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Powering ahead in Bolivia



Bolivia's vast salt flats contain the greatest concentrations of lithium on earth half of all global reserves according to some estimates. Lithium ion batteries power everything from smartphones to electric cars, and South America's poorest country has bold ambitions to corner the market in 21st century energy storage. To do this, it aims to create its own lithium ion batteries by 2015, undercutting its corporate competitors to reap enormous profits from a projected L-ion boom. Hecho en Bolivia (Made in Bolivia) is a long-standing dream of this resource rich nation. Populist President Evo Morales is determined to buck current free market trends, eschewing typical foreign investment models in favour of a nationalised industry, which he believes will help lift 30% of the country's population out of poverty.
A pilot plant in Rio Grande at the southern reaches of the Salar de Uyuni, the world's biggest salt plain, is already producing lithium carbonate as well as valuable bi-products like potassium carbonate and cesium. A causeway with banks of crystallised salt cuts 14km into the Salar, through 5cm of aquamarine surface water. It feels like driving across the Caribbean Sea. Bolivian and Chilean workers do two week shifts, working 12 hours a day. They crawl like ants across 1000 square metre PVC-covered pools in which the lithium is processed by way of solar radiation and chemical processes. Seven are already producing, 10 more will come on line by the end of the year.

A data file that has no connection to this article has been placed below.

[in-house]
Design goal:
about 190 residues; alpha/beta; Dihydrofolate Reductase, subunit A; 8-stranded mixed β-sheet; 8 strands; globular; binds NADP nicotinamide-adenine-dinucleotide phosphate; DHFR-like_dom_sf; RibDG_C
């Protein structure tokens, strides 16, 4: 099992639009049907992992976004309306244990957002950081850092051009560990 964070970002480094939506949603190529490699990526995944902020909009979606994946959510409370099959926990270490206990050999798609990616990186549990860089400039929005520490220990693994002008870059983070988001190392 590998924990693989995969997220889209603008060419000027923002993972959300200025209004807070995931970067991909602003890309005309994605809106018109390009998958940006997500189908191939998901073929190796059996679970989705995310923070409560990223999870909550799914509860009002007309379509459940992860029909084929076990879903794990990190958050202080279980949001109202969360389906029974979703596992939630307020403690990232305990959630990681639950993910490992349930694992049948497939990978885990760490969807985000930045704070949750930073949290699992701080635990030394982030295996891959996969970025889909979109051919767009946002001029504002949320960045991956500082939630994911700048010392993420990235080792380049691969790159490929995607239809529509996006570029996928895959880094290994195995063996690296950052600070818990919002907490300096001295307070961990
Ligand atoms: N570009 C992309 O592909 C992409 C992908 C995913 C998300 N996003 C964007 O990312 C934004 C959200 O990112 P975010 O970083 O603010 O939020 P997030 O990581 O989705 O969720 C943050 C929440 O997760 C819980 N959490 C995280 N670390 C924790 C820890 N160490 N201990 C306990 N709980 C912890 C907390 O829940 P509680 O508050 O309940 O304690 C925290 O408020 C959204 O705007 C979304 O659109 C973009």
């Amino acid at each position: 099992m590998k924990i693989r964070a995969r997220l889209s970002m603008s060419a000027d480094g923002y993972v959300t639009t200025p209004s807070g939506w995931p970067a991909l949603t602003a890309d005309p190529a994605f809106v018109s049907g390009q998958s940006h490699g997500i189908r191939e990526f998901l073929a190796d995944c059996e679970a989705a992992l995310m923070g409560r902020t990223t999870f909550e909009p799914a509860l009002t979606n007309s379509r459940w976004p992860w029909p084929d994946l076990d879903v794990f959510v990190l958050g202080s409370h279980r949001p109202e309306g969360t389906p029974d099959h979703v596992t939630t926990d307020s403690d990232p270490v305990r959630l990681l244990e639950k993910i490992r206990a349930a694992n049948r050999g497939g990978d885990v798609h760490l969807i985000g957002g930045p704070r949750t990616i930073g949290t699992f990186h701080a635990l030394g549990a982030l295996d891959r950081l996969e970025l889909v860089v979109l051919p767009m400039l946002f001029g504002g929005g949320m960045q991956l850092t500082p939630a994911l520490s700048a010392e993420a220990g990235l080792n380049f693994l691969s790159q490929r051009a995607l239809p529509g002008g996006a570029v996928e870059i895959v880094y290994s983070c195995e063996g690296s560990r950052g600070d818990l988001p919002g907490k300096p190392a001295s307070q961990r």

A contract has been signed with Chinese battery component company Lin Yi Gelon to build a factory in Bolivia next year and negotiations are underway with a South Korean company to help build the cathodes. Detractors claim that Bolivia lacks the expertise to effectively capitalise on its raw lithium wealth. But progress at the Rio Grande plant and the new contracts suggest that the pace is picking up after long delays. 'Now we're at the industrialisation stage, we need to work with countries and businesses that are expert in lithium,' says Freddy Beltran Robles, Vice Minister for Mineral Development. 'For years, we've been a nation that simply extracts and sells its raw materials. We want to change that. We want to industrialise our resources.'



Text by Johnny Langenheim.
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